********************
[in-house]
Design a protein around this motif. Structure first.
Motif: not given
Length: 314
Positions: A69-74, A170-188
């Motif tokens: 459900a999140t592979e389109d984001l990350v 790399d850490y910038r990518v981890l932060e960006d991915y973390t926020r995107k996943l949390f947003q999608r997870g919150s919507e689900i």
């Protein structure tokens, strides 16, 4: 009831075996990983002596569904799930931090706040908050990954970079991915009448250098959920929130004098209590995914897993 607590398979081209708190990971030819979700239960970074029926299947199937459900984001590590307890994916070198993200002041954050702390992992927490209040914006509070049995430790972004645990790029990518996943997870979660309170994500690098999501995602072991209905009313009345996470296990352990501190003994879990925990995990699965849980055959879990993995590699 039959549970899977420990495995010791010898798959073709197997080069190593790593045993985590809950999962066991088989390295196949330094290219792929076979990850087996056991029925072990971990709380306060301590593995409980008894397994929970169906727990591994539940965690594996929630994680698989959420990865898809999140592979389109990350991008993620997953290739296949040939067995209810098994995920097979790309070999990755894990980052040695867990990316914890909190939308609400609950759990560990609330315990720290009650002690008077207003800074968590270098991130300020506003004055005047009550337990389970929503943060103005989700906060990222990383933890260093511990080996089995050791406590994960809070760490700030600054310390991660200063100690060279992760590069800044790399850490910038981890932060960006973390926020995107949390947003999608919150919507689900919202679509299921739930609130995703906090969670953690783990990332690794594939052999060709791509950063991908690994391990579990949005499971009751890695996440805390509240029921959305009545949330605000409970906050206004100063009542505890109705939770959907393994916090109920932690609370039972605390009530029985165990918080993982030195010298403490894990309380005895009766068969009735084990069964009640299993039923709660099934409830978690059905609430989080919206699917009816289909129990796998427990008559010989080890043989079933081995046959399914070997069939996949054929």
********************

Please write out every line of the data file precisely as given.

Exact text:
[in-house]
Design a protein around this motif. Structure first.
Motif: not given
Length: 314
Positions: A69-74, A170-188
């Motif tokens: 459900a999140t592979e389109d984001l990350v 790399d850490y910038r990518v981890l932060e960006d991915y973390t926020r995107k996943l949390f947003q999608r997870g919150s919507e689900i």
């Protein structure tokens, strides 16, 4: 009831075996990983002596569904799930931090706040908050990954970079991915009448250098959920929130004098209590995914897993 607590398979081209708190990971030819979700239960970074029926299947199937459900984001590590307890994916070198993200002041954050702390992992927490209040914006509070049995430790972004645990790029990518996943997870979660309170994500690098999501995602072991209905009313009345996470296990352990501190003994879990925990995990699965849980055959879990993995590699 039959549970899977420990495995010791010898798959073709197997080069190593790593045993985590809950999962066991088989390295196949330094290219792929076979990850087996056991029925072990971990709380306060301590593995409980008894397994929970169906727990591994539940965690594996929630994680698989959420990865898809999140592979389109990350991008993620997953290739296949040939067995209810098994995920097979790309070999990755894990980052040695867990990316914890909190939308609400609950759990560990609330315990720290009650002690008077207003800074968590270098991130300020506003004055005047009550337990389970929503943060103005989700906060990222990383933890260093511990080996089995050791406590994960809070760490700030600054310390991660200063100690060279992760590069800044790399850490910038981890932060960006973390926020995107949390947003999608919150919507689900919202679509299921739930609130995703906090969670953690783990990332690794594939052999060709791509950063991908690994391990579990949005499971009751890695996440805390509240029921959305009545949330605000409970906050206004100063009542505890109705939770959907393994916090109920932690609370039972605390009530029985165990918080993982030195010298403490894990309380005895009766068969009735084990069964009640299993039923709660099934409830978690059905609430989080919206699917009816289909129990796998427990008559010989080890043989079933081995046959399914070997069939996949054929």